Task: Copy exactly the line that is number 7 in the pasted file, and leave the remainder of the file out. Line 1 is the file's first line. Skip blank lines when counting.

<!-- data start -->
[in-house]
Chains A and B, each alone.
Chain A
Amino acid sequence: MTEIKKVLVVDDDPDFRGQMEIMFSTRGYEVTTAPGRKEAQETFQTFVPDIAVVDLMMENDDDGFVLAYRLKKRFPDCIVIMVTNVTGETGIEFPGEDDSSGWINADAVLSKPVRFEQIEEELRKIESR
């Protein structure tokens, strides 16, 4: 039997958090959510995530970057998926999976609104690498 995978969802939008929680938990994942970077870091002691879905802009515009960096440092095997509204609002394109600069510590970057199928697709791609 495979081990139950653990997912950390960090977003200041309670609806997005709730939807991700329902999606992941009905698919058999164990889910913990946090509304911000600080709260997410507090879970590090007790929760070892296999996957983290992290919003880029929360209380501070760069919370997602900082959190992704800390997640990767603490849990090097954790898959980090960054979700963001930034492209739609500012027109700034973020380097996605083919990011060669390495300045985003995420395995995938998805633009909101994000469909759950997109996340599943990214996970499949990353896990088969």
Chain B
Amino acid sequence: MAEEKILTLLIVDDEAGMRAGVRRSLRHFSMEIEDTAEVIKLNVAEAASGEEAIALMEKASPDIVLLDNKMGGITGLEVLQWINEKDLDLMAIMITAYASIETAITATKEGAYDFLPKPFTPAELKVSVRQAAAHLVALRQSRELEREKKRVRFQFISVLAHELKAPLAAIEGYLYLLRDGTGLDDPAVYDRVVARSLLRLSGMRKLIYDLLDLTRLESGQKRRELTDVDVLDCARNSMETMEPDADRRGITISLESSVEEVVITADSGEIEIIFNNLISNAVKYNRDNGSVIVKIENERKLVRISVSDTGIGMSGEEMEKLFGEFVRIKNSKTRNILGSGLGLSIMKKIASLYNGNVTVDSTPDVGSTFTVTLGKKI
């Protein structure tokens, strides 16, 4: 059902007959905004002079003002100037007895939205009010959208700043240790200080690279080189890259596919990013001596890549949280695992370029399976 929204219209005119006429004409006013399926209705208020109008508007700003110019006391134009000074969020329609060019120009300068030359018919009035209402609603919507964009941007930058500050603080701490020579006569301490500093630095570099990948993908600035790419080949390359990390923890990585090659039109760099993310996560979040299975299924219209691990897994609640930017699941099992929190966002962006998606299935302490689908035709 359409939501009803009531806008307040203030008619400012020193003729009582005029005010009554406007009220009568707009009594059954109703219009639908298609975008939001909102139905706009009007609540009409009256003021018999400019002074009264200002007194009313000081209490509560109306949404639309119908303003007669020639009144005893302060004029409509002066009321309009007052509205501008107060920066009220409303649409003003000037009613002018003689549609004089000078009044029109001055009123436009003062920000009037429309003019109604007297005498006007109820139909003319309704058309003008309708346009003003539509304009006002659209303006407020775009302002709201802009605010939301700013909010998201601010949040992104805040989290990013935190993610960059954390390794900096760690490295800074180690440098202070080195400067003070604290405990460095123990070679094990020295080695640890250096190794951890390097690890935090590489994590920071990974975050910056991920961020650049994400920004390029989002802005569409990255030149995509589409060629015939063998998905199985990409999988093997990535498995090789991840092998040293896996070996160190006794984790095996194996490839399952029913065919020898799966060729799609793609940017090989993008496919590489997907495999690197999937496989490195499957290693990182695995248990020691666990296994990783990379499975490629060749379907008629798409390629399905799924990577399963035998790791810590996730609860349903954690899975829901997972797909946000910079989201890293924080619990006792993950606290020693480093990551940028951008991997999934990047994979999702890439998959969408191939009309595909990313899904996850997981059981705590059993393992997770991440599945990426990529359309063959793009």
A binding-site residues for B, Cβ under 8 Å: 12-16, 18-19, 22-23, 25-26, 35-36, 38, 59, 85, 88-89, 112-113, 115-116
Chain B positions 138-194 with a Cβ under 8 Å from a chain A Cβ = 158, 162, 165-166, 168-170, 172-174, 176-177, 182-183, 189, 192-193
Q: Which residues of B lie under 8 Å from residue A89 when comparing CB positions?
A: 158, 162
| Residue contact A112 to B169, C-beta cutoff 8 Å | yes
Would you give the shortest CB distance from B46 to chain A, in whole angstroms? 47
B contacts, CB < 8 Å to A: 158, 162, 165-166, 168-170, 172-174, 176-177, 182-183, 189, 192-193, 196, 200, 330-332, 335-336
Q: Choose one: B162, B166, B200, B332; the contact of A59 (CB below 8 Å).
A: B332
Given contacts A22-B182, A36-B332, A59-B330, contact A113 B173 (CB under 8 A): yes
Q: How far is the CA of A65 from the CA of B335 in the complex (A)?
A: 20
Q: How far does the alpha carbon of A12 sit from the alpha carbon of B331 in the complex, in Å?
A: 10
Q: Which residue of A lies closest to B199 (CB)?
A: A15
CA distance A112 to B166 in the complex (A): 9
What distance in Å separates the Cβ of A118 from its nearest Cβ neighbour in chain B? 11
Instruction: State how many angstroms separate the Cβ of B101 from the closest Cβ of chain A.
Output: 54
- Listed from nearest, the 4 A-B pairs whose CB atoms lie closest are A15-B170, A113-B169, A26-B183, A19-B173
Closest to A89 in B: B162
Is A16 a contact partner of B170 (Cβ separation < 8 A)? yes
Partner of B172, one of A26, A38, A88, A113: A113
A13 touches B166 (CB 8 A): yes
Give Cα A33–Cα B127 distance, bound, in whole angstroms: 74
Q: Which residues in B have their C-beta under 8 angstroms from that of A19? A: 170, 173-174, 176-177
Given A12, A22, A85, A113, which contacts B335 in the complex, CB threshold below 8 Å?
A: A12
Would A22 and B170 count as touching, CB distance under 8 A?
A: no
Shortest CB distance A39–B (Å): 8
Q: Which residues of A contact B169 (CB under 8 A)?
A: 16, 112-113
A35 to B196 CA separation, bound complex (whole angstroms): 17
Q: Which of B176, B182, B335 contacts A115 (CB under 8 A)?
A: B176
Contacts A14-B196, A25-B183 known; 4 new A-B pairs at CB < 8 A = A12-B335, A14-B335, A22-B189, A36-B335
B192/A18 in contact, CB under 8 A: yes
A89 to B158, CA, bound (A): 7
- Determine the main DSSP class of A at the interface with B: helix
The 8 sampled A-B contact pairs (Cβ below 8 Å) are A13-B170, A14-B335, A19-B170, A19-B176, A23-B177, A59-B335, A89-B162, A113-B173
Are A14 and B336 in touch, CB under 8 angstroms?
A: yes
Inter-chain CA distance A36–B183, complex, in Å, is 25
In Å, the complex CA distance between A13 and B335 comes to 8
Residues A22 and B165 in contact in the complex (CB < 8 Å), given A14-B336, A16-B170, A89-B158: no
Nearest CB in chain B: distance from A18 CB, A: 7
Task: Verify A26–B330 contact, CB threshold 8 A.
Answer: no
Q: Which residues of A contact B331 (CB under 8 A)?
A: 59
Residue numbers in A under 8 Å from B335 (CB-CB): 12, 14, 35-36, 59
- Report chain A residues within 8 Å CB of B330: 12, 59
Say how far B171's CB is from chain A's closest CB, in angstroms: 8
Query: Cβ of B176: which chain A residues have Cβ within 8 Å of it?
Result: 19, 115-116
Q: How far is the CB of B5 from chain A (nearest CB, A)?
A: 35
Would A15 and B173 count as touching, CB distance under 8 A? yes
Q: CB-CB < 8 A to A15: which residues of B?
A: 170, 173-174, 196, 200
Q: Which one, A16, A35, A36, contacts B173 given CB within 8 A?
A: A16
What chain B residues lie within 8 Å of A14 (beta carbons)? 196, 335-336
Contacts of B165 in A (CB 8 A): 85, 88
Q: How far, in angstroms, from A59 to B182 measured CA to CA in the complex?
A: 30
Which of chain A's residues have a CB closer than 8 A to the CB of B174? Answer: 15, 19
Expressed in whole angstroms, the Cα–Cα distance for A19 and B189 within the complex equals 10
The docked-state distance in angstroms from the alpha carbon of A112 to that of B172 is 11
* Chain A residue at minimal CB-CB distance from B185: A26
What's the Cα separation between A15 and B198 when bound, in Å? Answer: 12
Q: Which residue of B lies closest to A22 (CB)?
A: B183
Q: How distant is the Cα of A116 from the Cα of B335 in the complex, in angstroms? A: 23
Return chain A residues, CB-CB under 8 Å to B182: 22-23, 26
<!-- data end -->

Amino acid sequence: MAEEKILTLLIVDDEAGMRAGVRRSLRHFSMEIEDTAEVIKLNVAEAASGEEAIALMEKASPDIVLLDNKMGGITGLEVLQWINEKDLDLMAIMITAYASIETAITATKEGAYDFLPKPFTPAELKVSVRQAAAHLVALRQSRELEREKKRVRFQFISVLAHELKAPLAAIEGYLYLLRDGTGLDDPAVYDRVVARSLLRLSGMRKLIYDLLDLTRLESGQKRRELTDVDVLDCARNSMETMEPDADRRGITISLESSVEEVVITADSGEIEIIFNNLISNAVKYNRDNGSVIVKIENERKLVRISVSDTGIGMSGEEMEKLFGEFVRIKNSKTRNILGSGLGLSIMKKIASLYNGNVTVDSTPDVGSTFTVTLGKKI